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Speaker Introduction

Rick Rashid
Sr. Vice President, Microsoft Corp;
Member of US National Academy of Engineering

Dr. Richard Rashid was named vice president of research for Microsoft in July 1994. Today he heads the Microsoft Research Group. Before joining Microsoft in September of 1991, Dr. Rashid held the position of Professor of Computer Science at Carnegie Mellon University. He received his master of science (1977) and Ph.D. (1980) degrees in computer science from the University of Rochester. He had previously graduated with Honors in mathematics from Stanford University (1974). After becoming a CMU faculty member in September 1979, he directed the design and implementation of several influential network operating systems, and published dozens of papers in the areas of computer vision, operating systems, programming languages for distributed processing, network protocols, and communications security. Dr. Rashid is credited with co-development of one of the earliest networked computer games, Alto Trek, during the mid-1970s, Dr. Rashid was the director of the CMU Mach Operating System Project. The Mach kernel is in use worldwide by companies such as NeXT, organizations such as the Open Software Foundation, and corporate and University research laboratories. Dr. Rashid is a past member of the DARPA UNIX Steering Committee and CSNet Executive Committee. He is also a former chairman of the ACM System Awards Committee. Dr. Rashid's research interests have been in the areas of Artificial Intelligence, operating systems, networking and multiprocessors. He has participated in the design and implementation of the University of Rochester RIG operating system (1975-79), the Rochester Virtual Terminal Management System (1976-79), the CMU Distributed Sensor Network Testbed (1980-1983), and CMU's SPICE distributed personal computing environment which included the Accent network operating system (1981-1985). He has published papers in the areas of computer vision, operating system, programming languages for distributed processing, network protocols and communication security.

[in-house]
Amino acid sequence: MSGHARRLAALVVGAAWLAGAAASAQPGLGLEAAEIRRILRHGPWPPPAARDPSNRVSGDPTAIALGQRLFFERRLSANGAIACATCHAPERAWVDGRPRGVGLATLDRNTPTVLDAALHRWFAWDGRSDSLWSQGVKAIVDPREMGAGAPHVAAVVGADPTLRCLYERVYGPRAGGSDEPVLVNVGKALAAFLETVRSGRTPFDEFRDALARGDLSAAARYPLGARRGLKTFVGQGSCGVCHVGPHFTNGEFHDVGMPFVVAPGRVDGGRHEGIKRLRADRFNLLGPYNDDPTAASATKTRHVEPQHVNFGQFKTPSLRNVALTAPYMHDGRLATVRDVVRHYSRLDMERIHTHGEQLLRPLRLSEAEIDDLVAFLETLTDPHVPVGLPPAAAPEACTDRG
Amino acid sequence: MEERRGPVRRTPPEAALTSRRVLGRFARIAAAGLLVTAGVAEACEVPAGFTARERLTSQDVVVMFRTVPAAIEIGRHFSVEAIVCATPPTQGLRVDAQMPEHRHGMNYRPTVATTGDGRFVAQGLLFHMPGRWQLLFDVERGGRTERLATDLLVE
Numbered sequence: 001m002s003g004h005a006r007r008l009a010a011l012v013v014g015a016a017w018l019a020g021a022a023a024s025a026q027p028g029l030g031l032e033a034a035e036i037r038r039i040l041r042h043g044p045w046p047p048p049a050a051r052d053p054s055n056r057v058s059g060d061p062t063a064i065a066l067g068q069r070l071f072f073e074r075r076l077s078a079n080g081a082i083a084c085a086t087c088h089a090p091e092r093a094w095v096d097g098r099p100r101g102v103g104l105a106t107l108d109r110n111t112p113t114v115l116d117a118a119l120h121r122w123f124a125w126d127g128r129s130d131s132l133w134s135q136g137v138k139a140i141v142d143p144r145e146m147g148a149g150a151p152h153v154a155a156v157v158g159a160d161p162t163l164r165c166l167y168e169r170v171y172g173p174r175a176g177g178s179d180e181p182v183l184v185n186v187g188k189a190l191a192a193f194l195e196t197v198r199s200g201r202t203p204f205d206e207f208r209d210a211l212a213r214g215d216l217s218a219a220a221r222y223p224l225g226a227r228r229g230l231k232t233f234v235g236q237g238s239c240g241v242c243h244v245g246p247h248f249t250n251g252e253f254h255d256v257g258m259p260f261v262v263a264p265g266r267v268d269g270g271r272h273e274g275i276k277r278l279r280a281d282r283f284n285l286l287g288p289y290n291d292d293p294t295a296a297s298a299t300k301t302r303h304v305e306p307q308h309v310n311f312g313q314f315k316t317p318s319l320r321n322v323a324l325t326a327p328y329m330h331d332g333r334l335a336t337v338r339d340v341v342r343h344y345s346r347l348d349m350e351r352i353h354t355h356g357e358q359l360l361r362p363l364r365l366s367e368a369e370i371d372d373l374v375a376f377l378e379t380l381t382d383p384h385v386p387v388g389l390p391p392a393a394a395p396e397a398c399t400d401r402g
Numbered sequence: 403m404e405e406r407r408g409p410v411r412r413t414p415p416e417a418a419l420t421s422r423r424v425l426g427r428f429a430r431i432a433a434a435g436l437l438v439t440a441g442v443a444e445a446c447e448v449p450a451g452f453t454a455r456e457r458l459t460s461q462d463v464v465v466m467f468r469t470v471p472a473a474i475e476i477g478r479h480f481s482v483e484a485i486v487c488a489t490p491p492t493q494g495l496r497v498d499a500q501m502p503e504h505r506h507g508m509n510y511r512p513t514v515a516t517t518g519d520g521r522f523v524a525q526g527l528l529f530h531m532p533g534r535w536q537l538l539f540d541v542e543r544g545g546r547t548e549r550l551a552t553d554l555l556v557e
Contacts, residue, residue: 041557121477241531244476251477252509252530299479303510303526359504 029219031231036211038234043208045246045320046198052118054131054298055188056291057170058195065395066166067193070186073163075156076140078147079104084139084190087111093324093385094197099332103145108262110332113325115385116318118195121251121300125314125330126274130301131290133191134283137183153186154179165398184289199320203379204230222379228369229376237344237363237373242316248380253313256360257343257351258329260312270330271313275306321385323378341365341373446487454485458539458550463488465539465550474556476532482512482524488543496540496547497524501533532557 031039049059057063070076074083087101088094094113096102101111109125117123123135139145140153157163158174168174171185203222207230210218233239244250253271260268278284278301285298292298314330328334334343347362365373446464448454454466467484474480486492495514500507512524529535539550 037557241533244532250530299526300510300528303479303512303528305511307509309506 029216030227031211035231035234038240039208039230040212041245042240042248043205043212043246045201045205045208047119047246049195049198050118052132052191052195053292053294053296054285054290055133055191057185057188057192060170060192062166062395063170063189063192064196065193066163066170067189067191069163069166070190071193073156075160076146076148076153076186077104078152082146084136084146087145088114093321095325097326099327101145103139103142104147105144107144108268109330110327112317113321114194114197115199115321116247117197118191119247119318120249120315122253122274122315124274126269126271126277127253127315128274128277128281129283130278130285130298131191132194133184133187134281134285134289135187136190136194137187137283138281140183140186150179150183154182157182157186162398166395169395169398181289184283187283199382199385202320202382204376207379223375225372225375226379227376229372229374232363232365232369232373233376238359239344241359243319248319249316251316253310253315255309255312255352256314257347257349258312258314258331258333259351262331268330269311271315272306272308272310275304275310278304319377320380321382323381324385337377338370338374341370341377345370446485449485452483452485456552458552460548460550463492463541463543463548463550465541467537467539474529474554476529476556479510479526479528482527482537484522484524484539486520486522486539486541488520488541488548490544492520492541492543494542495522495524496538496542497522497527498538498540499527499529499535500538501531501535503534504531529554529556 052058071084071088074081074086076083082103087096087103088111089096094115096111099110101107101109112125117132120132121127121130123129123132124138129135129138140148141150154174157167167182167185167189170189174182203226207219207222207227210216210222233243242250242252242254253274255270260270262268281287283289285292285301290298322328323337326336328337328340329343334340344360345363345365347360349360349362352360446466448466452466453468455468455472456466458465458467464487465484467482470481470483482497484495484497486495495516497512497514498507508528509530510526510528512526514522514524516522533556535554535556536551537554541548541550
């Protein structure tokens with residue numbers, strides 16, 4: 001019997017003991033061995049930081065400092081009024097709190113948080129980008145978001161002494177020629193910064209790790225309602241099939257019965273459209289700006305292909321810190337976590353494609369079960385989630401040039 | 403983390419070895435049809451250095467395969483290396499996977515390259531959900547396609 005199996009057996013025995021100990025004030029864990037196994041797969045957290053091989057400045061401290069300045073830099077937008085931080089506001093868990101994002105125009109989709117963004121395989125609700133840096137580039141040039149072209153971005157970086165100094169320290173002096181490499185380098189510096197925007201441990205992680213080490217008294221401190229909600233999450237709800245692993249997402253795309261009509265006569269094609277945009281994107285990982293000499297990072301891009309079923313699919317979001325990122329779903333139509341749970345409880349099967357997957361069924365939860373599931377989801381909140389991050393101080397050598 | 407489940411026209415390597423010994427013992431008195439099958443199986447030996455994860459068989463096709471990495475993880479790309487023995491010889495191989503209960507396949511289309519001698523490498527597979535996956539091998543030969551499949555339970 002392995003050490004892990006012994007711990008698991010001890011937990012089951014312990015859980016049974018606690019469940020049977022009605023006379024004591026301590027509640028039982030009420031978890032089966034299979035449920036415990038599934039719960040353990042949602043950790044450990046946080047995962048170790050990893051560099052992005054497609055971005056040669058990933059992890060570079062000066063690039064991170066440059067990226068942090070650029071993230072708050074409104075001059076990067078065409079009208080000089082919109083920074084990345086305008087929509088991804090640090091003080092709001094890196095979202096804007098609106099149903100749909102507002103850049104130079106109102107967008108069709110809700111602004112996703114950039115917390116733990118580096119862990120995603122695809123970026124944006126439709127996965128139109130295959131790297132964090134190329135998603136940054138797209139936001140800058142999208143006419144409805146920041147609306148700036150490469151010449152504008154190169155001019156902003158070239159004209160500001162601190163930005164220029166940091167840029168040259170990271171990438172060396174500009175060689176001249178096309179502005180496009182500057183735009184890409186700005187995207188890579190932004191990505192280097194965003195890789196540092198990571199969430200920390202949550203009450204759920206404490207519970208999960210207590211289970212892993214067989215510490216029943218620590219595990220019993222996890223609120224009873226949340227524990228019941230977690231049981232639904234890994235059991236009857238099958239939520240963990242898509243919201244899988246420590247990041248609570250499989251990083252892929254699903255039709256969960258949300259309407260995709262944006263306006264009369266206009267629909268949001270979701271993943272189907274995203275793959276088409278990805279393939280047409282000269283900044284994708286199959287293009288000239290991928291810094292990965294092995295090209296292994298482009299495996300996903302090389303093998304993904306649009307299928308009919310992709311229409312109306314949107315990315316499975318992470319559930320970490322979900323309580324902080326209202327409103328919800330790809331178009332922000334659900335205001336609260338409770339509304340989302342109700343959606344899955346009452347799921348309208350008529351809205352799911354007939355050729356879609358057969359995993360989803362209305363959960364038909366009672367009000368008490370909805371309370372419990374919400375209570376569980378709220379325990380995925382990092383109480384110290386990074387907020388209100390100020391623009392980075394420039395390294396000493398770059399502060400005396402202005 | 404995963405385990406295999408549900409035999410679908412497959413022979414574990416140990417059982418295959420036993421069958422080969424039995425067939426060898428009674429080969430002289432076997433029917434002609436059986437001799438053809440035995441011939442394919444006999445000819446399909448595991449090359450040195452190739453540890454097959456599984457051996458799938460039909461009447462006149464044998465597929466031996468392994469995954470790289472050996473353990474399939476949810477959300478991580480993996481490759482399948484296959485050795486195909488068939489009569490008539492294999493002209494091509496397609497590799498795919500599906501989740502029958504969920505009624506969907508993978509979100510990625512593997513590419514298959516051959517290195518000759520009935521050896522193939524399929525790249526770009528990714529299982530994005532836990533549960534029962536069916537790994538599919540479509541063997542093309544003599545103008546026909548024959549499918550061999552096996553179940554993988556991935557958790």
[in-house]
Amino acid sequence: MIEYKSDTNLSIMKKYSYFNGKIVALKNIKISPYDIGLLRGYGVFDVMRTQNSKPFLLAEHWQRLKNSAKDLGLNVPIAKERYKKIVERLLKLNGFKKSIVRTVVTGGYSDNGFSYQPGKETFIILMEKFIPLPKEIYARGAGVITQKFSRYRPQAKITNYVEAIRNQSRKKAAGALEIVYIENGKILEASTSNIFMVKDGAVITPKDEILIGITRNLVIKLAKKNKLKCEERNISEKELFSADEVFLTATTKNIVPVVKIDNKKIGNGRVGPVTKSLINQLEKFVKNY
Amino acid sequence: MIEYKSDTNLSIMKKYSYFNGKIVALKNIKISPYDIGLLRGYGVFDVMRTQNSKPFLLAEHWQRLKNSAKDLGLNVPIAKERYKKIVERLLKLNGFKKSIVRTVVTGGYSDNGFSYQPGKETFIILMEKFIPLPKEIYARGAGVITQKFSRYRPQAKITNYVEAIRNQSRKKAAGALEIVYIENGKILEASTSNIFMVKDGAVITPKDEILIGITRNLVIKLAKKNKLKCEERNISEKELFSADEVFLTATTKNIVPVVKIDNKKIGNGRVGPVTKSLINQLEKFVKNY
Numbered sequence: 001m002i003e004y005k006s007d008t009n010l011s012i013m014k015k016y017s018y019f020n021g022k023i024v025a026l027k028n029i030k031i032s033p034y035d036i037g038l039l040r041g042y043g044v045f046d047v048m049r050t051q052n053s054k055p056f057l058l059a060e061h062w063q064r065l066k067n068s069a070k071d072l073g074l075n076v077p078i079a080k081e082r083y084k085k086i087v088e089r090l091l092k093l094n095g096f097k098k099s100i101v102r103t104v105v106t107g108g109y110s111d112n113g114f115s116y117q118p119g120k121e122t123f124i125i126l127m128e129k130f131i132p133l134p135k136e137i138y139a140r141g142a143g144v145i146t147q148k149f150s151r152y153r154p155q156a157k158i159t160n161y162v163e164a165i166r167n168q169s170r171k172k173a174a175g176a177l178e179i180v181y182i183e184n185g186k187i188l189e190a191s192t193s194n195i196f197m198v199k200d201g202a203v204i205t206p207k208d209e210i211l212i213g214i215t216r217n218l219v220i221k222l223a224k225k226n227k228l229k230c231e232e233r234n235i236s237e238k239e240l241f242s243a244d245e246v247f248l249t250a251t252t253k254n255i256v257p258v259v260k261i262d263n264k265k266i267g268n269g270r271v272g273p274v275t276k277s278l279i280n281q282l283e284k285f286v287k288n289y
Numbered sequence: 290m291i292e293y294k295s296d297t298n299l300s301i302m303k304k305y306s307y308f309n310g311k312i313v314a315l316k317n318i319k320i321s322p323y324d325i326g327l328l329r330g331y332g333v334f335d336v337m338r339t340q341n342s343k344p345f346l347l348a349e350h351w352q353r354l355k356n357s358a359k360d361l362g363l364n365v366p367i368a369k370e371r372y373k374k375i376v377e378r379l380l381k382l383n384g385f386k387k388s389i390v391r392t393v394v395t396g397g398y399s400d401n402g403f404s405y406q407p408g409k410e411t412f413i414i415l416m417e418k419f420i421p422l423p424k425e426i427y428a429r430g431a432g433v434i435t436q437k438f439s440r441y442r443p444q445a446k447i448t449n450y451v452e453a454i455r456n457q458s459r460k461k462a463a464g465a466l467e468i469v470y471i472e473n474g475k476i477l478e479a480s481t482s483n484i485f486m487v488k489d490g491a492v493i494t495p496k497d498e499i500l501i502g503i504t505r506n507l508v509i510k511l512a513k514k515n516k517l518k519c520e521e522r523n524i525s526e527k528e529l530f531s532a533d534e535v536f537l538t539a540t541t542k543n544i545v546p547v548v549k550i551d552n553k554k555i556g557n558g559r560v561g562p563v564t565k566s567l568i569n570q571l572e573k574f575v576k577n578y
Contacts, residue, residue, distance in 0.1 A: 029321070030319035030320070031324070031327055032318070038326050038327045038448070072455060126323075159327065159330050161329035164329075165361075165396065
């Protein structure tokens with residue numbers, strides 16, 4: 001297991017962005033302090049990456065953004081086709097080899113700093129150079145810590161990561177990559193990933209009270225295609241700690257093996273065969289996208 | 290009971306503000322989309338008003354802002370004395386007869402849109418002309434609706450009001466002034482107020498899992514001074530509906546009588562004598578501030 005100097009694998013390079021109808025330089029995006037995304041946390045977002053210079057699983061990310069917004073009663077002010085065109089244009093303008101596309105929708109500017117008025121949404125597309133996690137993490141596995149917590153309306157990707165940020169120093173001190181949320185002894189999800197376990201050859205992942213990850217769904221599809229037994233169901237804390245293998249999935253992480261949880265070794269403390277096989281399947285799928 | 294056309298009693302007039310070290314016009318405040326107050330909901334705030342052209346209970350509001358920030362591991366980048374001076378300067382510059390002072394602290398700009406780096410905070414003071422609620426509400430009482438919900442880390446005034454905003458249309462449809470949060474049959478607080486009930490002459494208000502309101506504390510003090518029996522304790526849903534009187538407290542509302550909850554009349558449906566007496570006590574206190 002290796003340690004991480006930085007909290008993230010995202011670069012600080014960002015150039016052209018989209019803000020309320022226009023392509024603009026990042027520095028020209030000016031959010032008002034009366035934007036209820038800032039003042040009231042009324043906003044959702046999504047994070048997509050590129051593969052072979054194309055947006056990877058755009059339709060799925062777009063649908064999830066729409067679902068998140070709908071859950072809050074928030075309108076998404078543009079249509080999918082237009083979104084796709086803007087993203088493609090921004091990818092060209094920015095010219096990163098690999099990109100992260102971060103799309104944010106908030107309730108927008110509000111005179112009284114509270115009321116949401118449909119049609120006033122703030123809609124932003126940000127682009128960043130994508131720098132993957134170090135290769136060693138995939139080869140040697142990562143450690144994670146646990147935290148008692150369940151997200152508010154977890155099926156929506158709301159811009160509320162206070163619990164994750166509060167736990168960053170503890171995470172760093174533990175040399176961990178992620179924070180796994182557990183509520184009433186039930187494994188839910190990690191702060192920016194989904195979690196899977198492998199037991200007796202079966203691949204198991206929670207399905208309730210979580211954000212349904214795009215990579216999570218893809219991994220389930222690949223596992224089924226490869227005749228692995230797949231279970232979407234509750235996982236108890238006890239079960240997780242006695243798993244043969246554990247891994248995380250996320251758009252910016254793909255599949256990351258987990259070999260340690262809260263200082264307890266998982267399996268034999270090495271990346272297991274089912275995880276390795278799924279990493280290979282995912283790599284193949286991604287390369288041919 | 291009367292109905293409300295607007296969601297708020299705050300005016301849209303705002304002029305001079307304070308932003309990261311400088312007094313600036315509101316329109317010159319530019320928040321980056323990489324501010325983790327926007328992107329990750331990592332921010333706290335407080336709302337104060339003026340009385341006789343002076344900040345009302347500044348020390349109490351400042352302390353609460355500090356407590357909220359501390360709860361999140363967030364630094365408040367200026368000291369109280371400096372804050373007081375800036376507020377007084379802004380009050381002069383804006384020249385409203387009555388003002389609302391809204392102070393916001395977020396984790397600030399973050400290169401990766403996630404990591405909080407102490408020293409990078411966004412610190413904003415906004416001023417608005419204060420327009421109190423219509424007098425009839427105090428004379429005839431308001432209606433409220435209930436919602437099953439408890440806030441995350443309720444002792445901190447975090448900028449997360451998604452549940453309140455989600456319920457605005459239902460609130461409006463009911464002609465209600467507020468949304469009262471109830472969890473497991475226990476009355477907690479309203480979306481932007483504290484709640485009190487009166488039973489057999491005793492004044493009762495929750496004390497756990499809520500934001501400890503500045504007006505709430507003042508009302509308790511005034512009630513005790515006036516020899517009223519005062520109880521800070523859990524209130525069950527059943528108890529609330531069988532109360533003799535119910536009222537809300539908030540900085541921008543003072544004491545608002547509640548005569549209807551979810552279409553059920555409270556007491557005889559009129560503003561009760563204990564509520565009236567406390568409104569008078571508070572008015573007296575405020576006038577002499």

Betting on the Future

14 years ago a small software company called Microsoft made a big bet on the future by starting a basic research group in Computer Science.  It made this bet at a time when most companies in the world were cutting back or eliminating their research organizations. That initial investment had a profound impact on Microsoft and the industry and created a new model for industrial research.  In this new era of data centric computing, Microsoft is once again betting big on the future by increasing it's investment in research and Microsoft Research is entering a new era of unprecedented growth. In my talk I will look at the creation and growth of Microsoft Research, the impact it has had on Microsoft and the computer science community and the challenges and opportunities that lie ahead in a "data centric" world.


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